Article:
We know the work as the Statue of Liberty. She resides on a 12-acre island in New York Harbor. She holds her lamp high, lighting the way to freedom. At one time, visitors could enter the torch. It has been closed since June 30, 1916 after an act of sabotage. Both the island and statue were off limits from September 11, 2001 until 2004 when the island once again opened. The Statue of Liberty was one again opened to the public on July 4, 2009.

Lady Liberty is made of 3/32-inch thick copper – about the thickness of two pennies. The green color or patina is the natural aging of the copper and in some places is nearly as thick as the copper itself. The statue stands 305 feet tall, or about the height of a 22-story building. She was the tallest structure in New York City when she was unveiled.

“It [the Eiffel Tower] looked very different from the Statue of Liberty, but what did that matter? What was the good of having the statue without the liberty?” – Josephine Baker

“The entire population of Liberty Island is small enough to fit into one copper-skinned palm of the colossal statue that serves as its only industry.” – Georgia Dullea

“The Statue of Liberty is no longer saying, ‘Give me your poor, your tired, your huddled masses.’ She’s got a baseball bat and yelling, ‘You want a piece of me?'” – Robin Williams

“The crime problem in New York is getting really serious. The other day the Statue of Liberty had both hands up.” – Jay Leno

This article first appeared at examiner.com in 2009. Editor’s update: There is a rich history of Liberty being represented as a woman. Early iconic representations of freedom included the personified Columbia as the US with Marianne representing France. Libertas, the goddess of freedom from ancient Rome also served as a model for Lady Liberty and some female form was on the face of many American coins of the time. Bartholdi could have depicted Liberty fighting for freedom but chose to portray her as peaceful. The crown on her head has seven rays depicting the sun and the seven seas or seven continents. The torch enlightens the world. Her dress changed style a few times before work began and her face was modeled after Charlotte Bartholdi, the sculptor’s mother. Unsure of what to place in Lady Liberty’s left hand, he eventually chose on a tabula ansata, or keystone-shaped tablet which would represent the concept of law. Inscribed on the tablet is JULY IV MDCCLXXVI.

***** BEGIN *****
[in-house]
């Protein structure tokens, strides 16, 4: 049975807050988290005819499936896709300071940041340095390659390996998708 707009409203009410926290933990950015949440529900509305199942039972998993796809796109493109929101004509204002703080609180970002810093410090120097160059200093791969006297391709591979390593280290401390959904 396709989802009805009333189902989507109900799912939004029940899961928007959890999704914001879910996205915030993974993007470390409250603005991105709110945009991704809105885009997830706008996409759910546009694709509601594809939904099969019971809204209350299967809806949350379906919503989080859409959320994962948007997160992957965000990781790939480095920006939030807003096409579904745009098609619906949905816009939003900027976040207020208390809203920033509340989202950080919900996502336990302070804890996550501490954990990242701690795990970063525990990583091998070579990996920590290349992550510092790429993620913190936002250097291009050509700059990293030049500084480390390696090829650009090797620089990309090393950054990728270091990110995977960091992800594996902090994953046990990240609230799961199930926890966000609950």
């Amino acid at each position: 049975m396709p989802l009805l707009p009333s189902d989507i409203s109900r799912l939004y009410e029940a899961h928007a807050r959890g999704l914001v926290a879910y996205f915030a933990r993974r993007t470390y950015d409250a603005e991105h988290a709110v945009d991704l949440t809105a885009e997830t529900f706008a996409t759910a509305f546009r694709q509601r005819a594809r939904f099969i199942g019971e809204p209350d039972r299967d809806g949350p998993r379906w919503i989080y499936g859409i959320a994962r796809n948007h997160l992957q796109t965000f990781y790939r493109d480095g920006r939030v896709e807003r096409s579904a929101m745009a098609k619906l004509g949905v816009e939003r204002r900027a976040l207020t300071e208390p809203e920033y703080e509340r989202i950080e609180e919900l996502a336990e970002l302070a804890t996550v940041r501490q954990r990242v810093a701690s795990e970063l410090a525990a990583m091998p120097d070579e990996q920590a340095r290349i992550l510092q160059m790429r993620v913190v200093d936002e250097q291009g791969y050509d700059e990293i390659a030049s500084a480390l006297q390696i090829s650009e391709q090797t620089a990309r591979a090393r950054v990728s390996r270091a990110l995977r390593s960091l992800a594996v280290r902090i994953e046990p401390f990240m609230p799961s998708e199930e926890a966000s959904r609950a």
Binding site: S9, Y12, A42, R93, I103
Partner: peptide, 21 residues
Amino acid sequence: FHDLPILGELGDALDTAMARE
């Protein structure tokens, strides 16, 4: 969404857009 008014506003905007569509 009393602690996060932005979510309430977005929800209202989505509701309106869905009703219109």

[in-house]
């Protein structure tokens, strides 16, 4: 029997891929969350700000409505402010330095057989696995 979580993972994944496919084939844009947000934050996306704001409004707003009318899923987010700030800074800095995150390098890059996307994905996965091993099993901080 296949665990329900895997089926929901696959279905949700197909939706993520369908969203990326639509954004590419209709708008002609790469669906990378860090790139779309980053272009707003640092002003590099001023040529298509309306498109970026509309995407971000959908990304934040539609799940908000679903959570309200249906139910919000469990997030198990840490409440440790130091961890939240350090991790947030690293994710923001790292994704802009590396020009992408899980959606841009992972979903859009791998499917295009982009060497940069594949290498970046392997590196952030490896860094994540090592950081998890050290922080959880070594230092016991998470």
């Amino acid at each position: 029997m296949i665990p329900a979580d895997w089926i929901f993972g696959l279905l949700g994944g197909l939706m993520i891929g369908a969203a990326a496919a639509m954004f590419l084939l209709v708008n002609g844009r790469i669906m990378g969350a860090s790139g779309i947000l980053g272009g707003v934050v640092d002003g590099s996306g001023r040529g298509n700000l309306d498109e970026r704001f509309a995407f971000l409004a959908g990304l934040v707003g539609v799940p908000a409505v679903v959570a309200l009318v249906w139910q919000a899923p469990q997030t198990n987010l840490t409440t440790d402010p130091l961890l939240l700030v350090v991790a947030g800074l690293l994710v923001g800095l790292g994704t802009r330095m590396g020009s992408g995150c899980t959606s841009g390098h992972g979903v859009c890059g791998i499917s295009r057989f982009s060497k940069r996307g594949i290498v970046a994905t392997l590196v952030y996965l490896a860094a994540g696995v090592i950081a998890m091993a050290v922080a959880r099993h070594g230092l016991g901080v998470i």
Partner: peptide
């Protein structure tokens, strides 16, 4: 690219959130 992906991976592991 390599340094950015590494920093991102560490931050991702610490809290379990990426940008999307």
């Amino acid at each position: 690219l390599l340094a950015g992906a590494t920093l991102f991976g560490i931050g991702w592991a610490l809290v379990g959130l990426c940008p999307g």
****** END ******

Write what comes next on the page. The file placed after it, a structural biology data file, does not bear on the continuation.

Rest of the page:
Also on this day: Higher Education – In 1538, the first university in the New World was established.
Volstead Act – In 1919, Prohibition passed over President Wilson’s veto.
Gateway – In 1965, the Gateway Arch was completed.

Lady of the Harbor

Posted in History by patriciahysell on July 3, 2010

Lady Liberty holding the torch of freedom aloft

July 3, 1986 – The newly designed torch of the Statue of Liberty is relit after renovations to this symbol of freedom. The United States came into being with the help of the French during the Revolutionary War. Especially helpful was the Marquis de Lafayette, a friend to General Washington.

In 1865, several French intellectuals were congratulating the US on their ability to form a free country, the ending of the Civil War, and their successes in creating themselves. These people thought that with the coming of the one hundredth birthday of the new nation, they would like to present the US with a symbol of their achievement. The idea for the Statue was born. Frédéric-Aguste Bartholdi was commissioned to design the tribute.

Repoussé, the technique of hammering sheet metal inside of molds, was the chosen method of construction due to cost and weight issues with the project. The arm, with the torch attached, arrived in Philadelphia in August 1876. Lady Liberty was first constructed in France, then dismantled and shipped to America in the spring of 1885.

Back in the US, construction on the pedestal was undertaken on Bledsoe Island, later to be named Liberty Island.On October 28, 1886, the Statue of Liberty resting on her pedestal was unveiled when Bartholdi pulled a cord and Lady Liberty’s gleaming copper face was revealed. As we age, women and statues, the signs of a long life become apparent. Ninety-five years later, substantial work was needed to restore the statue to her original state. Around $87 million was spent restoring the statue as well as creating a new torch. The new Lady Liberty was ready for the birthday of the US, celebrated on the next day and reopened to the public on July 5.

“The Statue of Liberty is no longer saying, “Give me your poor, your tired, your huddled masses.” She’s got a baseball bat and yelling, ‘You want a piece of me?'” – Robin Williams

“The crime problem in New York is getting really serious. The other day the Statue of Liberty had both hands up.” – Jay Leno

“Of liberty I would say that, in the whole plenitude of its extent, it is unobstructed action according to our will. But rightful liberty is unobstructed action according to our will within limits drawn around us by the equal rights of others. I do not add ‘within the limits of the law,’ because law is often but the tyrant’s will, and always so when it violates the right of an individual.” – Thomas Jefferson

“Give me your tired, your poor,
Your huddled masses yearning to breathe free,
The wretched refuse of your teeming shore;
Send these, the homeless, tempest-tost to me,
I lift my lamp beside the golden door!”  – Emma Lazarus

Also on this day, in 1844 Great Auks became extinct.